US Lodges WTO Challenge Over India Renewable Energy Incentives

13 February 2013

The US has filed a formal challenge at the WTO regarding India's support policies for solar energy, Washington officials announced last week. At issue in the complaint is a local content requirement in the Asian country's national solar programme, which Washington claims discriminates against foreign solar equipment manufacturers in favour of their domestic counterparts.

The challenge comes amid growing questions over the degree to which countries can help support their burgeoning renewable energy sectors, particularly given the global trade arbiter's recent panel ruling regarding a similar programme in the Canadian province of Ontario. (See Bridges Weekly, 19 December 2012) The Canada dispute, which had been tabled at the WTO by the EU and Japan and also involved a local content requirement, is currently facing appeals from all parties.

US officials have stressed that the India-focused complaint targets only the Asian nation's local content requirement, and not the overall objective of developing renewable energy sources.

"Let me be clear: the United States strongly supports the rapid deployment of solar energy around the world, including with India," US Trade Representative Ron Kirk said in announcing the US challenge. "Unfortunately, India's discriminatory policies in its national solar programme detract from that successful cooperation, raise the cost of clean energy, and undermine progress toward our shared objective."

The benefits of local content requirements (LCRs) have long been a controversial topic. While countries often pursue multiple policy objectives through LCRs in the renewable energy sector, primarily to green their economy and to foster the sector's domestic development, while in parallel stimulating employment and investment, some analysts have noted that domestic content requirements might instead increase costs of energy, reduce competition, and therefore potentially slow down innovation.

India's programme - known formally as the Jawaharlal Nehru National Solar Mission (NSM) - was launched in 2010, with the goal of deploying 20,000 MW of solar panels through an interconnected grid by 2022. According to the country's Ministry of New and Renewable Energy, the scheme aims to reduce the cost of solar power generation in India, specifically via long-term policy, large-scale deployment targets, intensive research and development, and domestic production of the necessary raw materials and components.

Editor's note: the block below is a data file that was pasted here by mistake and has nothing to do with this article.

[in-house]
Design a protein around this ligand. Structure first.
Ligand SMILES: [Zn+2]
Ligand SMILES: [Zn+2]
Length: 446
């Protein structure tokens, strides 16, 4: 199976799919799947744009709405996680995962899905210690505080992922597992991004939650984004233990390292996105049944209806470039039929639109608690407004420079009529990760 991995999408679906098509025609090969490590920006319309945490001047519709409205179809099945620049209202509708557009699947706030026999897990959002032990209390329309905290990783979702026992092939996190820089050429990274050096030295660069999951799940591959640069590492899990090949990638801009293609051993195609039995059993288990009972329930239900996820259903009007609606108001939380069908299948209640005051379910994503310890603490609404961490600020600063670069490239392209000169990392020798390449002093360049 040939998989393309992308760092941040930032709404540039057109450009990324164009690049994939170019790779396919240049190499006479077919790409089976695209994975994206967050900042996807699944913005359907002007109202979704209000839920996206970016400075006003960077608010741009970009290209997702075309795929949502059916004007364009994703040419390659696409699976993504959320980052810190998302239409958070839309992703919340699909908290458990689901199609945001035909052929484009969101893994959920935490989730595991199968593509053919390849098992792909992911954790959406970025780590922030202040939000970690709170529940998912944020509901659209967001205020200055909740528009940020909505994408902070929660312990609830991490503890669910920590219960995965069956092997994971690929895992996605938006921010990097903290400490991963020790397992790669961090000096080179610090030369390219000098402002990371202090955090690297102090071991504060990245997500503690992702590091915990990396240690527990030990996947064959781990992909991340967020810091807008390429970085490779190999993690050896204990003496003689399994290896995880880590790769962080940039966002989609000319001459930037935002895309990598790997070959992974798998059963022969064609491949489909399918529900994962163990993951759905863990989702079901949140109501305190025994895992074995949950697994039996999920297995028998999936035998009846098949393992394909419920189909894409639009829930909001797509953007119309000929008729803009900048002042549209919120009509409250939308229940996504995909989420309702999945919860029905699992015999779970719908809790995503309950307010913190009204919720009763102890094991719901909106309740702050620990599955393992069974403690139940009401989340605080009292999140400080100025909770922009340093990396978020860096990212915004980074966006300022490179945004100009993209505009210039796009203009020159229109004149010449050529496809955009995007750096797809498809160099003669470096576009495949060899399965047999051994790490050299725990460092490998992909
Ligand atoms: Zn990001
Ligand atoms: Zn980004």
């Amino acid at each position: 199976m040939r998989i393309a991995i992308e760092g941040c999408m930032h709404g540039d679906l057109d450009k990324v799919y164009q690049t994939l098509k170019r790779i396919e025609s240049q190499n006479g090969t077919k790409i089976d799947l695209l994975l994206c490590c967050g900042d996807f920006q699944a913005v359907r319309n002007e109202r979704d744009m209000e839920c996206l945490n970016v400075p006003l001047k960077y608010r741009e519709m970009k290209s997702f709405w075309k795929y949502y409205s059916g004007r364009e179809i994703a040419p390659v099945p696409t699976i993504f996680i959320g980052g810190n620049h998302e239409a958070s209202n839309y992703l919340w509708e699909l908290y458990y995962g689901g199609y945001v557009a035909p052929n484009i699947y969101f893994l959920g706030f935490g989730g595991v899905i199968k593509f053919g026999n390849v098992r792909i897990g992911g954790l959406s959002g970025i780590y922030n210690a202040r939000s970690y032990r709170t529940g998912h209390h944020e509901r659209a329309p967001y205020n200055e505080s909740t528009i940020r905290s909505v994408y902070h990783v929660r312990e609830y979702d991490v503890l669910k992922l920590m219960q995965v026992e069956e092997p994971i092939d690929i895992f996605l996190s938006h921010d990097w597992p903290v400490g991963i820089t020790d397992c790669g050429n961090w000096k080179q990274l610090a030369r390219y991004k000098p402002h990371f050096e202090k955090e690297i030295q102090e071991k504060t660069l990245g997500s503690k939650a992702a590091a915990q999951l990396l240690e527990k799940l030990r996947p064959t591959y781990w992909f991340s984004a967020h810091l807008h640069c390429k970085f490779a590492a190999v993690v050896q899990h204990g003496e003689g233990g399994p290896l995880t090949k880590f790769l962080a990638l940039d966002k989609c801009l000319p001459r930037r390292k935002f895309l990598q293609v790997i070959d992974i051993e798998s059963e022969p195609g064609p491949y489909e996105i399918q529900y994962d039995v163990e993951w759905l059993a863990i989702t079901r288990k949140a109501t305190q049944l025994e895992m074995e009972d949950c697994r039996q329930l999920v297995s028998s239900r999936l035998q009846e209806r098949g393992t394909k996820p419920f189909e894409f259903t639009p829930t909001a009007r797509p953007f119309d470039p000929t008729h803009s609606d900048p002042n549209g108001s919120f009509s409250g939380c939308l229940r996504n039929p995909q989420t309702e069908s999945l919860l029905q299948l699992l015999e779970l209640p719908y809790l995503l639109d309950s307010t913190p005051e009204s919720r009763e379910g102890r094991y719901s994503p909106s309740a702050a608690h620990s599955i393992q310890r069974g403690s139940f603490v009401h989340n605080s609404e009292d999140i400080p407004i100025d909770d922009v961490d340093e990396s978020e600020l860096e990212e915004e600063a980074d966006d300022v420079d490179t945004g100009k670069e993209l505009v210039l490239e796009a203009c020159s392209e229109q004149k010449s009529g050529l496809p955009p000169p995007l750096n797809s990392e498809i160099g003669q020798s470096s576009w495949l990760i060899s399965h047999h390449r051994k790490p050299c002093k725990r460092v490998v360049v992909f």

"The objective of the National Solar Mission is to establish India as a global leader in solar energy, by creating the policy conditions for its diffusion across the country as quickly as possible," according to the programme's mission statement.

One of the mission's goals, the statement says, is to undertake an international leadership role in the area of solar manufacturing across different stages of the value chain, in "leading edge solar technologies." In doing so, it is hoping to achieve a 4-5 GW equivalent of installed capacity by 2020, which would include developing manufacturing capacities for polysilicon material that would allow for the production of approximately 2 GW capacity of solar cells annually.

Washington: Policy gives domestic producers unfair advantage

Under the current phase of India's programme, the US says, New Delhi has required developers of photovoltaic projects using crystalline silicon technology to use solar cells and modules made domestically.

"As a result, solar power developers, or their successors in contract, receive certain benefits and advantages, including subsidies through guaranteed, long-term tariffs for electricity, contingent on their purchase and use of solar cells and solar modules of domestic origin," Washington says in its complaint, arguing that this violates the WTO's rules on national treatment.